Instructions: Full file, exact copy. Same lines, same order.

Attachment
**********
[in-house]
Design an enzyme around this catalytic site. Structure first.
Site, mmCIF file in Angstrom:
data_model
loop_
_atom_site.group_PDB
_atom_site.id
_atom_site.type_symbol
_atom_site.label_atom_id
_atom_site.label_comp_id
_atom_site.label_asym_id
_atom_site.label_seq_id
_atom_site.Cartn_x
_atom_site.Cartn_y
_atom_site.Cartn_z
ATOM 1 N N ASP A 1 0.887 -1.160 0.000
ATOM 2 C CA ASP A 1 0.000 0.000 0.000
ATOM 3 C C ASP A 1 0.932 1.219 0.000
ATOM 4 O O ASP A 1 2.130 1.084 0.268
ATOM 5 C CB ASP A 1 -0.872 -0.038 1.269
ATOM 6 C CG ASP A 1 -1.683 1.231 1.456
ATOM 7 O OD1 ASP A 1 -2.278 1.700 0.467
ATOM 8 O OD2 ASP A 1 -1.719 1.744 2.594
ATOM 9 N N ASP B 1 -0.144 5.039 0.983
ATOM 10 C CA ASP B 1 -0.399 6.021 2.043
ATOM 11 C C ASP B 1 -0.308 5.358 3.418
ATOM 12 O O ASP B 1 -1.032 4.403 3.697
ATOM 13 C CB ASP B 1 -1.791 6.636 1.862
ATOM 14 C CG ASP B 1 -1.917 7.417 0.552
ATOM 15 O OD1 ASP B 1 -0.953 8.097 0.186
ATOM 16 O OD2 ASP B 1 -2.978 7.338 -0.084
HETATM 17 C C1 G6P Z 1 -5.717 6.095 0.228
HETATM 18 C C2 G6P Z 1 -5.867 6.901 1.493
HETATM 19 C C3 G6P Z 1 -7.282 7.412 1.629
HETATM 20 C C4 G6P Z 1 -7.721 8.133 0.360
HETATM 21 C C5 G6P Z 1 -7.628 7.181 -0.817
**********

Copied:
[in-house]
Design an enzyme around this catalytic site. Structure first.
Site, mmCIF file in Angstrom:
data_model
loop_
_atom_site.group_PDB
_atom_site.id
_atom_site.type_symbol
_atom_site.label_atom_id
_atom_site.label_comp_id
_atom_site.label_asym_id
_atom_site.label_seq_id
_atom_site.Cartn_x
_atom_site.Cartn_y
_atom_site.Cartn_z
ATOM 1 N N ASP A 1 0.887 -1.160 0.000
ATOM 2 C CA ASP A 1 0.000 0.000 0.000
ATOM 3 C C ASP A 1 0.932 1.219 0.000
ATOM 4 O O ASP A 1 2.130 1.084 0.268
ATOM 5 C CB ASP A 1 -0.872 -0.038 1.269
ATOM 6 C CG ASP A 1 -1.683 1.231 1.456
ATOM 7 O OD1 ASP A 1 -2.278 1.700 0.467
ATOM 8 O OD2 ASP A 1 -1.719 1.744 2.594
ATOM 9 N N ASP B 1 -0.144 5.039 0.983
ATOM 10 C CA ASP B 1 -0.399 6.021 2.043
ATOM 11 C C ASP B 1 -0.308 5.358 3.418
ATOM 12 O O ASP B 1 -1.032 4.403 3.697
ATOM 13 C CB ASP B 1 -1.791 6.636 1.862
ATOM 14 C CG ASP B 1 -1.917 7.417 0.552
ATOM 15 O OD1 ASP B 1 -0.953 8.097 0.186
ATOM 16 O OD2 ASP B 1 -2.978 7.338 -0.084
HETATM 17 C C1 G6P Z 1 -5.717 6.095 0.228
HETATM 18 C C2 G6P Z 1 -5.867 6.901 1.493
HETATM 19 C C3 G6P Z 1 -7.282 7.412 1.629
HETATM 20 C C4 G6P Z 1 -7.721 8.133 0.360
HETATM 21 C C5 G6P Z 1 -7.628 7.181 -0.817